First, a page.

I am not saying that Phoenix and Atlanta don't deserve NHL hockey, or that they necessarily can't support NHL hockey. I do think that circumstances would've had to be extremely favorable for either market to thrive. The idea that there's 15 other cities in the US who could support NHL hockey is ridiculous on its face - and these cities, along with the middling successes/mild failures that are Columbus and Nashville should be illustrative.

I haven't read too much about this, but it feels like brinkmanship on the NHL's part to leak the story to the Canadian press to bring this all to a head.

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Speaking strictly of Atlanta, the ownership has been involved in a long drawn out lawsuit between each other for years. The only season the Thrashers made the playoffs they drew ~17,000 a game. Hockey can work here but the product cannot be consistently terrible. There are very few cities that would respond to the failure on the ice seen in Atlanta and Columbus with high attendance. If that is your standard for "supporting NHL hockey" then the league would be much smaller.

Don't you see how these things kind of go hand in glove though? I mean, not necessarily, but part of the reason why a team might have poor ownership and a bad arena location might be because in part, it's not the wisest investment?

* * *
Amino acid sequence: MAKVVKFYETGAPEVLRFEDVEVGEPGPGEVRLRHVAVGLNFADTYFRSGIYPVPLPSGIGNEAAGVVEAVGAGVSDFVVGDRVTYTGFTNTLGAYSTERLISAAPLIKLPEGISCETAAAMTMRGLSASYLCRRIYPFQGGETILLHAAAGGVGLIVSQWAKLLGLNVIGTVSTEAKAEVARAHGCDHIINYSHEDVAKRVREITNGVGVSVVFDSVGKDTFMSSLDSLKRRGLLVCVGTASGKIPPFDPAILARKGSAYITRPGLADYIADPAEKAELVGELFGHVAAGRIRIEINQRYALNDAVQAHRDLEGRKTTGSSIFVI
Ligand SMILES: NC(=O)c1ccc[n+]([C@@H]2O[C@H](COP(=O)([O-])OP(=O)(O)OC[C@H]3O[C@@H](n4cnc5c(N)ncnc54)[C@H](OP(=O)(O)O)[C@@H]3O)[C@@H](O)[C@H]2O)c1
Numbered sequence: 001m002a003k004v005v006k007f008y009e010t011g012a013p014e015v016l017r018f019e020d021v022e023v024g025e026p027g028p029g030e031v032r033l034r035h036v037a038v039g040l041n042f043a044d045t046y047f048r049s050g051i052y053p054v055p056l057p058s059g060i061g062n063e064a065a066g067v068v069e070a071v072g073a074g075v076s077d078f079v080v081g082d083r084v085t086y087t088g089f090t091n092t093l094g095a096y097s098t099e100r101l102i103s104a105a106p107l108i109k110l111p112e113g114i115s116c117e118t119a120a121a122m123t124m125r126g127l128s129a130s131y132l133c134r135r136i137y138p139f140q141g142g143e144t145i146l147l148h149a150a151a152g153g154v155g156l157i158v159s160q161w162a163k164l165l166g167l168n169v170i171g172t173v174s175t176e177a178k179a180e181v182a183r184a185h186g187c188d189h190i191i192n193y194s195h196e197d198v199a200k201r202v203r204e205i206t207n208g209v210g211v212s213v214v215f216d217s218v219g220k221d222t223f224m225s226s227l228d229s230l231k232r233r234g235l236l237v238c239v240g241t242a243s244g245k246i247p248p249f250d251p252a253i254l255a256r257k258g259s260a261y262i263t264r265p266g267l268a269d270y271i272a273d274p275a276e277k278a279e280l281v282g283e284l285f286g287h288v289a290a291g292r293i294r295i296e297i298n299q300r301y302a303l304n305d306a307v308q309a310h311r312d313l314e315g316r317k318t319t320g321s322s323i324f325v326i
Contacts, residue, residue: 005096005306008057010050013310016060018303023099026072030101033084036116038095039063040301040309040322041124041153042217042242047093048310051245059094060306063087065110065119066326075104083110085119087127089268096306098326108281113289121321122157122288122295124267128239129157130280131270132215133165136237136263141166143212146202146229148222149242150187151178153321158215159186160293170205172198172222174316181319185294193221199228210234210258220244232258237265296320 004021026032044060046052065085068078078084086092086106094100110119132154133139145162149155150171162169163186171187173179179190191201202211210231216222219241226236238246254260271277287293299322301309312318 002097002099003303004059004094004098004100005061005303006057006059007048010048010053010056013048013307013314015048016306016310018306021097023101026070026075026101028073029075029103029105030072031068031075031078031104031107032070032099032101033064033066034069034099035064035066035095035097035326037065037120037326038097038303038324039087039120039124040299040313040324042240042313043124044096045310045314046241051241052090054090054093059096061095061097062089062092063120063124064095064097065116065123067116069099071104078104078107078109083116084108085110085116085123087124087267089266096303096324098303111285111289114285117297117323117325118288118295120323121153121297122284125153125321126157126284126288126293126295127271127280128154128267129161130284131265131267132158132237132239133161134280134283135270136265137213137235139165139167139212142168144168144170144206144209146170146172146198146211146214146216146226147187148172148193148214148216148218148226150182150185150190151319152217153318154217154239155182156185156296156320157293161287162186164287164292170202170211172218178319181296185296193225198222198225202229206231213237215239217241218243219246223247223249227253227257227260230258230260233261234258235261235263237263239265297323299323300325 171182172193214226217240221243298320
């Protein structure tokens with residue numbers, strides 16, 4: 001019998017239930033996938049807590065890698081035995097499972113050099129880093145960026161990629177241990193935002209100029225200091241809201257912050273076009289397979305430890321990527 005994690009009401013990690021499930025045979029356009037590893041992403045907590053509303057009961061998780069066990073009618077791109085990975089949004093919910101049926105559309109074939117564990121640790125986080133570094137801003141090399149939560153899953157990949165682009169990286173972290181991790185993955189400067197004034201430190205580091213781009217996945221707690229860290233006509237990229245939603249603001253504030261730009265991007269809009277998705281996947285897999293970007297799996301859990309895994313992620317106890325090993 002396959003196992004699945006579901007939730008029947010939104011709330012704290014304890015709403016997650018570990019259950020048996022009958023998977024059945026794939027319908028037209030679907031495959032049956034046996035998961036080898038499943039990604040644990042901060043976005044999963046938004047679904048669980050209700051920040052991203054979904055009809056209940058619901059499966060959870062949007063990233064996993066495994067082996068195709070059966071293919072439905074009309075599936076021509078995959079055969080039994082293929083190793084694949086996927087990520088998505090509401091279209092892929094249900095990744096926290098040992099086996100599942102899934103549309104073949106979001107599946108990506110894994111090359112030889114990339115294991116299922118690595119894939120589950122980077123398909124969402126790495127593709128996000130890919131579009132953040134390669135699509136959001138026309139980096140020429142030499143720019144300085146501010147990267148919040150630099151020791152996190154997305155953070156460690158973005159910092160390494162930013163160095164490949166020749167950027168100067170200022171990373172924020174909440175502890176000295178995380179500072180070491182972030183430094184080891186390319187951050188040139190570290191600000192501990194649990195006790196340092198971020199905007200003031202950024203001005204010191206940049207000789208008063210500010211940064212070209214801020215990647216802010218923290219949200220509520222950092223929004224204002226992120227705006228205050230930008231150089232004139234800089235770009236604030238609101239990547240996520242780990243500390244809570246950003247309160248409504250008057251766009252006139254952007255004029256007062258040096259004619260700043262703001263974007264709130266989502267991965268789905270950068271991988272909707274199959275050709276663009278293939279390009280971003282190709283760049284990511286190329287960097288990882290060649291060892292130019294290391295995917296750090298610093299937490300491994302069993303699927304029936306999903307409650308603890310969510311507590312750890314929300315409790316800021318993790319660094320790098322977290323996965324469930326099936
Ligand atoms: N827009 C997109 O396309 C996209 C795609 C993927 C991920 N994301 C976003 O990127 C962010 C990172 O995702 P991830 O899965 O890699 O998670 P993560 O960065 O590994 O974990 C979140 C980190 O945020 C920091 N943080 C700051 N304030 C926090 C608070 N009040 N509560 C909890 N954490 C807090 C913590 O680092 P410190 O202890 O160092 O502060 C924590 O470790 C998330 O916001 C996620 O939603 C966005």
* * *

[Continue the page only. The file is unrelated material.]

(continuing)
I am not saying that Phoenix and Atlanta don't deserve NHL hockey, or that they necessarily can't support NHL hockey. I do think that circumstances would've had to be extremely favorable for either market to thrive. The idea that there's 15 other cities in the US who could support NHL hockey is ridiculous on its face - and these cities, along with the middling successes/mild failures that are Columbus and Nashville should be illustrative.

I haven't read too much about this, but it feels like brinkmanship on the NHL's part to leak the story to the Canadian press to bring this all to a head.

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If the Coyotes get bounced out by the Wings this isn't as bad...but imagine if they go on a miracle run and win the cup. First time in the modern sports era where a team wins a championship and then moves the following season.

Do they even bother having a parade in Phoenix? Guess it could be a Championship parade / going away party.

If you don't mind my asking, are you old enough to remember the '95 Cup and the drama surrounding it? Because you sound like fans of all the other teams in the league when we won the Cup back then. It's eerie. :lol: